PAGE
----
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Friday, 21 October 2016

Family History Month - Selkirk Settlers

In July 1803, three ships, the Dykes, the Polly, and the Oughton sailed to Canada with eight hundred former highland crofters and headed to Prince Edward Island. The Polly arrived in the harbour of Orwell Bay, Prince Edward Island on Sunday, August 7th, 1803, carrying 250 adults and 150 children. Most of these passengers were from Skye. The Dykes, which also brought Lord Selkirk, arrived in Charlottetown two days after the Polly. Most of the passengers on the Polly were from Mull. The Oughton arrived on August 27th, 1803, carrying another 40 or 50 passengers, this time from Uist.

The land given to these new settlers consisted primarily of evergreen forest. Each family was given between 50 and 150 acres for a nominal fee. The lots were laid out so that four or five families were grouped together. The new immigrants quickly cleared their lands, built their houses, and settled into their new lives. Being able to working the land once again became somewhat of a tonic for them. They were a self sufficient community within a year of the first settlers arriving. Later generations moved to the Bruce County area of Ontario, setting up communities along the Saugeen River near Paisley as well as along the coast of Lake Huron from Southampton to Kincardine.  Yet others moved to Assiniboia, Saskatchewan and founded settlements in that area.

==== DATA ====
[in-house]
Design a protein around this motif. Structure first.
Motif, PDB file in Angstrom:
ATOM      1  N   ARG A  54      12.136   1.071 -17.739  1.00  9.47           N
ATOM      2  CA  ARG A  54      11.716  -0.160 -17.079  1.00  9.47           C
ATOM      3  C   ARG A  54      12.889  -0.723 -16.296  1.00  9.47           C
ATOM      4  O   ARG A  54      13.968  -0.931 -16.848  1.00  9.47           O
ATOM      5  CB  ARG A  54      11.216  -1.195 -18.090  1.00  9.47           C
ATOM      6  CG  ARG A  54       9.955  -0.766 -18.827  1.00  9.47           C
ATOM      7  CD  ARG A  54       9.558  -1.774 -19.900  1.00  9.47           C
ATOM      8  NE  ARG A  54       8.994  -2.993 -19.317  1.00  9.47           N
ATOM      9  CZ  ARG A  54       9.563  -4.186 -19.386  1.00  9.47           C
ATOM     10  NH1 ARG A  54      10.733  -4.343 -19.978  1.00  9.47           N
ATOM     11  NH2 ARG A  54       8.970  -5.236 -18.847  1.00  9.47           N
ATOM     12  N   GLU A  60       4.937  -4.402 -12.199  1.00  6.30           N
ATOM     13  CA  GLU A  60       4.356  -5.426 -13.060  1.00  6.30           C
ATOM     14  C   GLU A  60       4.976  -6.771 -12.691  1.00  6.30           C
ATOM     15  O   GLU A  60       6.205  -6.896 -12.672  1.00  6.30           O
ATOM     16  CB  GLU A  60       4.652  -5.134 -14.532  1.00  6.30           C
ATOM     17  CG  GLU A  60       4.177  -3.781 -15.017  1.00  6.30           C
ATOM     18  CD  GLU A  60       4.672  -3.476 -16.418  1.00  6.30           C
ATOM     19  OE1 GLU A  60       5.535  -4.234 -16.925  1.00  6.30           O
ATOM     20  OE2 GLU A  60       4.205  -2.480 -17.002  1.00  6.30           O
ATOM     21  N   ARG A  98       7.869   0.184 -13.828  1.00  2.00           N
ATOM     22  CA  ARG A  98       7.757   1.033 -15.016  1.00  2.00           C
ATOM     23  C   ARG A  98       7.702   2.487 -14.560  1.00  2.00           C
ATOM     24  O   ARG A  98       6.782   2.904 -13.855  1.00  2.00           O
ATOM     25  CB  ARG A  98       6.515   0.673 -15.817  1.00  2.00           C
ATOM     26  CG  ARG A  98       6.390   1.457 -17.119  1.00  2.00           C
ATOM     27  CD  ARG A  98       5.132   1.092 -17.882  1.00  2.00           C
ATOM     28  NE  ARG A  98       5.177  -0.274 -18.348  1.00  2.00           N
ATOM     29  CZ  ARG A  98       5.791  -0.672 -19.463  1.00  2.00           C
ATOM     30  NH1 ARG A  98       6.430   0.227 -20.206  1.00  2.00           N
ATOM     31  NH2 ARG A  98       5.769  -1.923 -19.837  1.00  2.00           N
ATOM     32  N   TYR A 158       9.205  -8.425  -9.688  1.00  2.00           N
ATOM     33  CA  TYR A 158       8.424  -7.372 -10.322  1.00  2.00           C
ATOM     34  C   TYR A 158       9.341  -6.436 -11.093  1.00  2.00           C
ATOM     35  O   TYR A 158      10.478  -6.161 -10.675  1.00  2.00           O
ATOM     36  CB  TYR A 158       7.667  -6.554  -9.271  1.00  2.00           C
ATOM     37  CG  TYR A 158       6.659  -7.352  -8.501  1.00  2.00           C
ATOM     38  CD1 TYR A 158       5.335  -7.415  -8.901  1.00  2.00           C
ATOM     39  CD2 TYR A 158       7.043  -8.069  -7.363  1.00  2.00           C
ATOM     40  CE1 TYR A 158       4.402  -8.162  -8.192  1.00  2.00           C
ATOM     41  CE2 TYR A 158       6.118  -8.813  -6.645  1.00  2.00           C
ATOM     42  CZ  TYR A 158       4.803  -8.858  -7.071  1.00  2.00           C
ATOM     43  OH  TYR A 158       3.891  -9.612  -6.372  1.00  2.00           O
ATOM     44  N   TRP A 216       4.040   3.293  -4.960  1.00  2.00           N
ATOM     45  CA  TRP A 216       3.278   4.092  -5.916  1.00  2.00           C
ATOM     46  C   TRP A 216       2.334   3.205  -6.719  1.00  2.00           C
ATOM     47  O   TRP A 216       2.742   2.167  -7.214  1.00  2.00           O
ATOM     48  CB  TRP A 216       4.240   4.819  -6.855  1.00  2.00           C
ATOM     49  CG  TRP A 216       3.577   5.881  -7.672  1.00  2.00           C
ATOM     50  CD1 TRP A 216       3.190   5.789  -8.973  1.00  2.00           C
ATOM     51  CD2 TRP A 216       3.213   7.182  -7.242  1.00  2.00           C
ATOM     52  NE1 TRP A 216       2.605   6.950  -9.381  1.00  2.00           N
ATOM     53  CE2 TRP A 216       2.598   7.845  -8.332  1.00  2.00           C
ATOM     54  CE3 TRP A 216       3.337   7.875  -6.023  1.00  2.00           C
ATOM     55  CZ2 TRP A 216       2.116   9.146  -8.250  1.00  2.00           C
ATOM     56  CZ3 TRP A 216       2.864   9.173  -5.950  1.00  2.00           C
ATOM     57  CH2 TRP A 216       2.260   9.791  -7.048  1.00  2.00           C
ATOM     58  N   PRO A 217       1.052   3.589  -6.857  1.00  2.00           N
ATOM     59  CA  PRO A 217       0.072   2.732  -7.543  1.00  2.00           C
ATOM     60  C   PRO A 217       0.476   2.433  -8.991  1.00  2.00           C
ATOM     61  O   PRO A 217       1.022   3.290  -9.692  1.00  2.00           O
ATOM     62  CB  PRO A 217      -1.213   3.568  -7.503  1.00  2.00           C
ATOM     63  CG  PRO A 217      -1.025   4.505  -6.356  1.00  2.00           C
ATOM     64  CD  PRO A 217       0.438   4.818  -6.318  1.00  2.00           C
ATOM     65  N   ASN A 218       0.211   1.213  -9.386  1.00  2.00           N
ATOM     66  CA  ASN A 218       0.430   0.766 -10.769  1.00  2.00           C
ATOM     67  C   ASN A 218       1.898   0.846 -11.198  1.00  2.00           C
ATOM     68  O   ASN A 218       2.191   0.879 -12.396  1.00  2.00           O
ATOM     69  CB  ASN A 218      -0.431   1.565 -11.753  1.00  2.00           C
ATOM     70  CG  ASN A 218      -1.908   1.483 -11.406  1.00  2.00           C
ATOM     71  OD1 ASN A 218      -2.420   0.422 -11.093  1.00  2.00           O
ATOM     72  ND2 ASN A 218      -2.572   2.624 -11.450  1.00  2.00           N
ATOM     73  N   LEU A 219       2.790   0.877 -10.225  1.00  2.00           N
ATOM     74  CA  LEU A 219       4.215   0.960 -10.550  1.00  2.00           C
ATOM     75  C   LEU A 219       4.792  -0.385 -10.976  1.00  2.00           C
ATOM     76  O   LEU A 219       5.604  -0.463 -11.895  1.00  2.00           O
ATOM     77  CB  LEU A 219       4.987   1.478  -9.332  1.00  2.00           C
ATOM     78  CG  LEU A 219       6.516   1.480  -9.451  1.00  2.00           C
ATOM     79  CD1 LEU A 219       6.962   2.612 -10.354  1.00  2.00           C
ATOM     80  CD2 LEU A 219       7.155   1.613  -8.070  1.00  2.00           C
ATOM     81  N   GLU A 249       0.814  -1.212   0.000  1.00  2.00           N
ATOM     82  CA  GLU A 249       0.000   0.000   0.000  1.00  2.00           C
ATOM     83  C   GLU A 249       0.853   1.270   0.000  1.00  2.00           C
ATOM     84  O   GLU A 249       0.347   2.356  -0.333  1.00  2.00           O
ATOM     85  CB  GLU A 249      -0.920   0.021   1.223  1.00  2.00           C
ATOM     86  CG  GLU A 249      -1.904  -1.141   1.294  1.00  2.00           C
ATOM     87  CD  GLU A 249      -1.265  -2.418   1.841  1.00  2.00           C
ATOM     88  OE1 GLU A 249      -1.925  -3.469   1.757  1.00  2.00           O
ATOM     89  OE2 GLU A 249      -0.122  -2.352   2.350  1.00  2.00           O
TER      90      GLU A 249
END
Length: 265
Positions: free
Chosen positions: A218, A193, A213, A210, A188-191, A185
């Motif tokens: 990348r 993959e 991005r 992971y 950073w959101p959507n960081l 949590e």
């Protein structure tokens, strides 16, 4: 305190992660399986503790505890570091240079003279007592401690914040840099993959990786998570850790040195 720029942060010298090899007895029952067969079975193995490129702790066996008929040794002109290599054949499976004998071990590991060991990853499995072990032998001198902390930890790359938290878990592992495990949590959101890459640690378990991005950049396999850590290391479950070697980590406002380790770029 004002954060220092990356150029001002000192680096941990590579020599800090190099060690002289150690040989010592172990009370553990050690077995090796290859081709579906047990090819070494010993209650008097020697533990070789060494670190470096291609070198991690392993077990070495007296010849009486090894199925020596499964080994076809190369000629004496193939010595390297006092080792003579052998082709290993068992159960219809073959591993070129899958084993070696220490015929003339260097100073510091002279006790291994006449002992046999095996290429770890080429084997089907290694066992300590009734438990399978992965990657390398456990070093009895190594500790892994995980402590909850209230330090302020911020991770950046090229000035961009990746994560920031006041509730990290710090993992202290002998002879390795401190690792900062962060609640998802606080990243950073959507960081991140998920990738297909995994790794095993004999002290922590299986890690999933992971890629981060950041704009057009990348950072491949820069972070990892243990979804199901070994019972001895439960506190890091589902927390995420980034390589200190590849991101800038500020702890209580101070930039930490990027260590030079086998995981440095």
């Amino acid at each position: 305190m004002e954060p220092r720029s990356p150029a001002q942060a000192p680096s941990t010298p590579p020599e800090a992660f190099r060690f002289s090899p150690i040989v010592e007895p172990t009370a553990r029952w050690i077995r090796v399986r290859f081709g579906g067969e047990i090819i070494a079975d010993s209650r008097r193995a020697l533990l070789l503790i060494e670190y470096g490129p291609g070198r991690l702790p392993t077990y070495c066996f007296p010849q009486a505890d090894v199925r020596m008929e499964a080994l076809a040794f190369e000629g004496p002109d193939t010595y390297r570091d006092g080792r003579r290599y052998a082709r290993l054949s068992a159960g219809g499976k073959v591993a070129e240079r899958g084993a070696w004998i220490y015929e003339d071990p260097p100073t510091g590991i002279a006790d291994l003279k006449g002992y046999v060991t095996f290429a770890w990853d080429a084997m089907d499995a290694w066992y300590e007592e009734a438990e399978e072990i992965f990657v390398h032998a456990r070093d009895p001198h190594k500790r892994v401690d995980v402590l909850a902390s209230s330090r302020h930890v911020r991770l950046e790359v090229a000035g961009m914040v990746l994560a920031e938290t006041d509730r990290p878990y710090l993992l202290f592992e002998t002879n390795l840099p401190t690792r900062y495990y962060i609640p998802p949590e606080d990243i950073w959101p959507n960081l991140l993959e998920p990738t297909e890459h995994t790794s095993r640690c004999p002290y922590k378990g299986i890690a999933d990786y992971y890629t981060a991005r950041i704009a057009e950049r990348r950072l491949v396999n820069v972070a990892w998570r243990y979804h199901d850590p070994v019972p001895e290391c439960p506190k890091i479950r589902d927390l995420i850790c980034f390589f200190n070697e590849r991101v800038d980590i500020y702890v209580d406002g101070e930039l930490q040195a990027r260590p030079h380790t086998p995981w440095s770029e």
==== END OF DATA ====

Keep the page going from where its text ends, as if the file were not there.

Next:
Having used his land on the southwest shore of PEI for the initial settlers, Selkirk was eager to continue to pursue his original desire to find land in Upper Canada. He was eventually able to purchase land in Southern Ontario, near the junction of Lake St. Clair and the Detroit River, in what is now Wallaceburg.

Selkirk was able to purchase 116,000 square miles in the Red River Valley and along the Assiniboine River in Manitoba and what is now Northern Dakota – an area five times the size of the whole of Scotland. Selkirk purchased this land at a cost of 10/s ($26.50 in today’s currency).

If you have ancestors who were Selkirk Settlers, here are some resources to assist you in your genealogy research:

Passenger List reconstruction for ship Polly:

Passenger List reconstruction for ship Dykes:

Passenger List reconstruction for ship Oughton:

Passenger List reconstruction for ship Spencer:


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